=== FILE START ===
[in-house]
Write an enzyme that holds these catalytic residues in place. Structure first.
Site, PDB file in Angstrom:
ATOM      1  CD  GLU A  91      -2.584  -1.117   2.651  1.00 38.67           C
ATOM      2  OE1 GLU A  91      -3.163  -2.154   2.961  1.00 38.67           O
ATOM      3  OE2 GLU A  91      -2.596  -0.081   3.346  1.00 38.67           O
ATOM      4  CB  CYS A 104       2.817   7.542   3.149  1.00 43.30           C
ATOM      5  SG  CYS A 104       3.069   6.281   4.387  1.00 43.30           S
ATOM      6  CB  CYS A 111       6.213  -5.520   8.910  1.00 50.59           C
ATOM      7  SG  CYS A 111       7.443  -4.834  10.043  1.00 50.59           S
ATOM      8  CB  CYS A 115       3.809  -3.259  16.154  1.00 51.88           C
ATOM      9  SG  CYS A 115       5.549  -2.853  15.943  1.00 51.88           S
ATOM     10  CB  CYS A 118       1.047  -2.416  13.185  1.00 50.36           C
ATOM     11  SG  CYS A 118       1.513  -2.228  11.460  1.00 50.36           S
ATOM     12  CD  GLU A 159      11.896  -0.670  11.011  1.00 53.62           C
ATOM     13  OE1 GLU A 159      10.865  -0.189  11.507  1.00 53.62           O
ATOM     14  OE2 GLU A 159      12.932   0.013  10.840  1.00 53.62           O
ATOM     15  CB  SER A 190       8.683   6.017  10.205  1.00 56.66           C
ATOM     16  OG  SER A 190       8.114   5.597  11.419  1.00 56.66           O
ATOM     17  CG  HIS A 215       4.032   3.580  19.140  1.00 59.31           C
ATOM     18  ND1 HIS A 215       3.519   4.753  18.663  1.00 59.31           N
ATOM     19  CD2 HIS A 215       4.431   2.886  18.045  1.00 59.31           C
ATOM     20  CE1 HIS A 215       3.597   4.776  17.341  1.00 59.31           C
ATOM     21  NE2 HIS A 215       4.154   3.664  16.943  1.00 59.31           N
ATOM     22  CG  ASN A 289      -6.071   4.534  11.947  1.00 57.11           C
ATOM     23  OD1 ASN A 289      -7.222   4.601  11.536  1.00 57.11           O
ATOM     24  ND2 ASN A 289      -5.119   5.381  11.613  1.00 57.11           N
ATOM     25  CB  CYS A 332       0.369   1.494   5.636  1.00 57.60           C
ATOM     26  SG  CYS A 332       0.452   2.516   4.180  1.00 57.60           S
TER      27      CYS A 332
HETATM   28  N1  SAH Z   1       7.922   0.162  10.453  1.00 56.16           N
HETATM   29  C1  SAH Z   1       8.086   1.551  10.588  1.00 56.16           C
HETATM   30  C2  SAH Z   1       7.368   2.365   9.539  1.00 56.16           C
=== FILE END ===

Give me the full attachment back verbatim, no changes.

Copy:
[in-house]
Write an enzyme that holds these catalytic residues in place. Structure first.
Site, PDB file in Angstrom:
ATOM      1  CD  GLU A  91      -2.584  -1.117   2.651  1.00 38.67           C
ATOM      2  OE1 GLU A  91      -3.163  -2.154   2.961  1.00 38.67           O
ATOM      3  OE2 GLU A  91      -2.596  -0.081   3.346  1.00 38.67           O
ATOM      4  CB  CYS A 104       2.817   7.542   3.149  1.00 43.30           C
ATOM      5  SG  CYS A 104       3.069   6.281   4.387  1.00 43.30           S
ATOM      6  CB  CYS A 111       6.213  -5.520   8.910  1.00 50.59           C
ATOM      7  SG  CYS A 111       7.443  -4.834  10.043  1.00 50.59           S
ATOM      8  CB  CYS A 115       3.809  -3.259  16.154  1.00 51.88           C
ATOM      9  SG  CYS A 115       5.549  -2.853  15.943  1.00 51.88           S
ATOM     10  CB  CYS A 118       1.047  -2.416  13.185  1.00 50.36           C
ATOM     11  SG  CYS A 118       1.513  -2.228  11.460  1.00 50.36           S
ATOM     12  CD  GLU A 159      11.896  -0.670  11.011  1.00 53.62           C
ATOM     13  OE1 GLU A 159      10.865  -0.189  11.507  1.00 53.62           O
ATOM     14  OE2 GLU A 159      12.932   0.013  10.840  1.00 53.62           O
ATOM     15  CB  SER A 190       8.683   6.017  10.205  1.00 56.66           C
ATOM     16  OG  SER A 190       8.114   5.597  11.419  1.00 56.66           O
ATOM     17  CG  HIS A 215       4.032   3.580  19.140  1.00 59.31           C
ATOM     18  ND1 HIS A 215       3.519   4.753  18.663  1.00 59.31           N
ATOM     19  CD2 HIS A 215       4.431   2.886  18.045  1.00 59.31           C
ATOM     20  CE1 HIS A 215       3.597   4.776  17.341  1.00 59.31           C
ATOM     21  NE2 HIS A 215       4.154   3.664  16.943  1.00 59.31           N
ATOM     22  CG  ASN A 289      -6.071   4.534  11.947  1.00 57.11           C
ATOM     23  OD1 ASN A 289      -7.222   4.601  11.536  1.00 57.11           O
ATOM     24  ND2 ASN A 289      -5.119   5.381  11.613  1.00 57.11           N
ATOM     25  CB  CYS A 332       0.369   1.494   5.636  1.00 57.60           C
ATOM     26  SG  CYS A 332       0.452   2.516   4.180  1.00 57.60           S
TER      27      CYS A 332
HETATM   28  N1  SAH Z   1       7.922   0.162  10.453  1.00 56.16           N
HETATM   29  C1  SAH Z   1       8.086   1.551  10.588  1.00 56.16           C
HETATM   30  C2  SAH Z   1       7.368   2.365   9.539  1.00 56.16           C